This book rightly sheds new light on many of the less-known pieces from the tomb. I have enjoyed this book more than I thought I would. I am fascinated, as are others, by the fact that the thrones had linen strips tied over their backs when they were first found, and no one is really sure why. They must have had a purpose, sadly not known to us today. This will be new information to many today, for we tend to see the objects in museum cases, and the importance of looking at the archive images and knowing where and how they were found adds a new dimension to these pieces.

 

I was also unaware, for example, that the amazing papyrus chair from the tomb, on display in the Egyptian Museum, was found in pieces and in a very bad state of preservation, and that the chair we see today is only there because of careful and painstaking restoration.

 

The earlier publications in this series and this new volume, are the definitive publications on these objects. This latest volume is a really useful and important addition to our knowledge of the objects from the tomb and to ancient Egyptian furniture construction in general. It is an absolute must for anyone really interested in Tutankhamun or ancient furniture.

 

Published by The Griffith Institute, 2008.

ISBN 978 0 900416 89 7. Hardback, price £75.

 

 

Ancient Egyptian Gardens

by John Bellinger

 

There is a great deal of visual evidence of gardens that has survived from ancient Egypt. Many delightful scenes decorate the walls of tombs and are so detailed that it is possible to identify the exact plants used.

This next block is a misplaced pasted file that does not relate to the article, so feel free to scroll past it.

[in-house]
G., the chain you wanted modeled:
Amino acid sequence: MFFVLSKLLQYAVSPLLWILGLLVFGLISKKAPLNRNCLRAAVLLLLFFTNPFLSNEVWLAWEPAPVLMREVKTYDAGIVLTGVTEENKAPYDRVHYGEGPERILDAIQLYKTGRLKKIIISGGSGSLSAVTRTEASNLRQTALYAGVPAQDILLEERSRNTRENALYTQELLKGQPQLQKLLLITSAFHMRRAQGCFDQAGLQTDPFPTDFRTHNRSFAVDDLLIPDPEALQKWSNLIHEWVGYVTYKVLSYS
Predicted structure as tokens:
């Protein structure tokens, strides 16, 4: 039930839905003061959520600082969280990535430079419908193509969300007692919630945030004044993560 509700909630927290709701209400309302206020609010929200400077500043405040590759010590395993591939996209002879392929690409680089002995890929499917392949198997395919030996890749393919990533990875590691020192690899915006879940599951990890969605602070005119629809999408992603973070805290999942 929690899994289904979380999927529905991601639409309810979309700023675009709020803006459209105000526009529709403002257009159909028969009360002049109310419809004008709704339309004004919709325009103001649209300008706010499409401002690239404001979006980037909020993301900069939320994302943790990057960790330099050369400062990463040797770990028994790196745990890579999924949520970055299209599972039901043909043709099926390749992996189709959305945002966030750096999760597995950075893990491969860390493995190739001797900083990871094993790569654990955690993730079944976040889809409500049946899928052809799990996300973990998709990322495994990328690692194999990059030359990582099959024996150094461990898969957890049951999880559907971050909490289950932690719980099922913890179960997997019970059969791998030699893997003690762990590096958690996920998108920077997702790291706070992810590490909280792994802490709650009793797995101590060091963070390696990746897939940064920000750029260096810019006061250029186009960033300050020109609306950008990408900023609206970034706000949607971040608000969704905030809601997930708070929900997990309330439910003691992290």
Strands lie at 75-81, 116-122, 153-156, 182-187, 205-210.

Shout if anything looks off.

After an introduction, the second chapter looks at the history of formal gardens, not just in Egypt, but in Assyria, Persia, Greece, Rome and India, as well as Islamic gardens in Spain and mediaeval gardens.

 

Chapters then look more specifically at Egypt, at how plants and flowers were shown in art and at the role of gardeners.

 

Clearly the Egyptians loved their gardens (or those who could afford them certainly did) but they were much more than pleasant and colourful places, for many of the plants were grown for other than aesthetic purposes.

 

As the author here shows, with a detailed look at individual plants, some of them were grown for symbolic and religious reasons, whilst many others were grown for medicinal purposes. New research is revealing how the ancient Egyptians had a practical and working pharmacy, based mainly on plants, well before the ancient Greeks.

 

Finally, for the more serious gardener who might buy this book, there is a fascinating chapter on how to create your own Egyptian garden using the correct plants (but also allowing for the UK’s un-Egyptian climate).

 

Published by Amarna Publishing, 2008.

ISBN 978 0 9549653 1 0. Paperback, price £16.

 

Draw Like an Egyptian

by Claire Thorne

 

 

This book is really aimed at children, but is in fact an excellent book for anyone, whatever their age, who might like to try their artistic hands at drawing and painting like an ancient Egyptian.

 

The author explains the rules and conventions of Egyptian artists when drawing or painting, using photos.